Washington DC, April, 1973. American Society of Newspaper Editors conference.
The ASNE annual conference is a Big Deal. Newspaper editors and publishers gather from all over the country, all over the world, and meet to listen to and interview the newsmakers; learn more about the issues of the moment from the powers that define the issues, exchange news, study other's techniques, look at new hardware, and gossip. My father was editor of The Times-Herald Record in Middletown, NY, and always brought my mother; I had been to a few of them.
Three years out of four ASNE is held in Washington DC. When it's held in DC, the adult attendees go the White House. The conference ends with a speech by the President of the United States.
In 1973, Richard Nixon was president. He had just won a second term in office by a landslide. In retrospect, this was after the events of Watergate, but before the story broke. Later, we were to learn that during this period, he had become extremely hyper sensitive to all criticism.
He had just expanded the Vietnam War by bombing Cambodia. This turned out to be disasterous, not only for the Cambodians, for whom Nixon's actions were to destabilize the country and lead to Pol Pot and the Killing Fields, but for Americans, who died needlessly in a losing effort.
The war was never very popular, and the bombing caused a huge outpouring of protest, which evidently came as a surprise to Nixon. He waved around all the telegrams he'd received in support of his moves, but it later turned out that he had orchestrated the telegram-sending binge (paid for by Ross Perot) .
The night before Nixon was to speak at the ASNE conference, the cabinet members met with the editors, and the wives of the cabinet members met with the wives of the editors. [*] On the receiving line was a grade school teacher in front of my mother. The teacher said to editors' wives and to the various wives as she moved through the line that her pupils had asked her to tell the President to stop the bombing. My mother heard those remarks and said, "Many people here feel the same way."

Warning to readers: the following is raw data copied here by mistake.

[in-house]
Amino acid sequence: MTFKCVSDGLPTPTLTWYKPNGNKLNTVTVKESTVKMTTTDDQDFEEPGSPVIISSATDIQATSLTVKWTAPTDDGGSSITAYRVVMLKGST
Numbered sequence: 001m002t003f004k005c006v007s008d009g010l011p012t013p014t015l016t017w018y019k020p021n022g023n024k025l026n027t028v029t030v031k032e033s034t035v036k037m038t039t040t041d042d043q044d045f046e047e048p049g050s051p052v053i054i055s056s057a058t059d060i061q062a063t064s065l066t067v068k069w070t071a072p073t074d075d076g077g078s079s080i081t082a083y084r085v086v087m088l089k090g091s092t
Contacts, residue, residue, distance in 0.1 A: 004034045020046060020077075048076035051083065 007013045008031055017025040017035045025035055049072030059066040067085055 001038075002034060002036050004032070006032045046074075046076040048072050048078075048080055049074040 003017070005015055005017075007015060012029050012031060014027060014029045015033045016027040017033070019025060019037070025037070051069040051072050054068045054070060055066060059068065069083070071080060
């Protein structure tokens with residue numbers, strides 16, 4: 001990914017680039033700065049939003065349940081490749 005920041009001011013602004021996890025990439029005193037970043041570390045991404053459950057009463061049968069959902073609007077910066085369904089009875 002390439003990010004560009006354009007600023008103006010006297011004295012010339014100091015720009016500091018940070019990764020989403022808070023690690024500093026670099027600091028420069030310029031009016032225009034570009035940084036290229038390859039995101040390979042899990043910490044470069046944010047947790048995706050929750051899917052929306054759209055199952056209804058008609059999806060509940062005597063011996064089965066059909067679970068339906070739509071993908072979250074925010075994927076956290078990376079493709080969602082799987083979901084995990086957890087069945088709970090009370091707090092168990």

At the end of the event in elevator going down, one of the cabinet wives offered to drop off my mother at the hotel. During the ride, mother said, "Maybe Nixon doesn't know how unpopular the war in Cambodia is. If people at the receiving line tomorrow were to say to him, 'Mr. Nixon, please stop the bombing' as they shook his hand, perhaps he would understand." And then she went merrily on to a party at the hotel.
The next day, Ethel and Al Romm waited in the long line to shake the President's hand. A Secret Service Agent politely tapped her on the shoulder and pulled them out of the line. "Could you tell me what you plan to say to the President?"
"M-m-m?" said my mother, puzzled.
"Well," said the Secret Service Agent, "we can't have everyone having long conversations with the President. It would hold up the line and..."
At this point, my father leaps in, "C'mon, Ethel, we're leaving."
The Secret Service man said, helpfully, "I'll get you a cab."
You don't pull a stunt like that in a city full of reporters and get away with it. The next day, the story was on the front page of almost every newspaper in the US. (Not, of course, on the front page of the Record. There, it was on page 8.)
(Mom adds: If daddy had not been so huffy, and if the Secret Service man had not gone to this trouble, which seemed later like more coercion, it would not have been a news story.)
Esquire gave my mother a 1973 Dubious Achievement Award for being so naive as to think if you say anything to a president, it means anything.
[*] "The cabinet members met with the editors, and the wives of the cabinet members met with the wives of the editors." That's pretty much how it read in the Program Book. There had been female members of the cabinet going back to Roosevelt's time, and there was the occasional female newspaper editor, but both were rare. Now, look around. If anyone thinks the world hasn't changed very much since the 60's, I direct them to compare tidbits like these.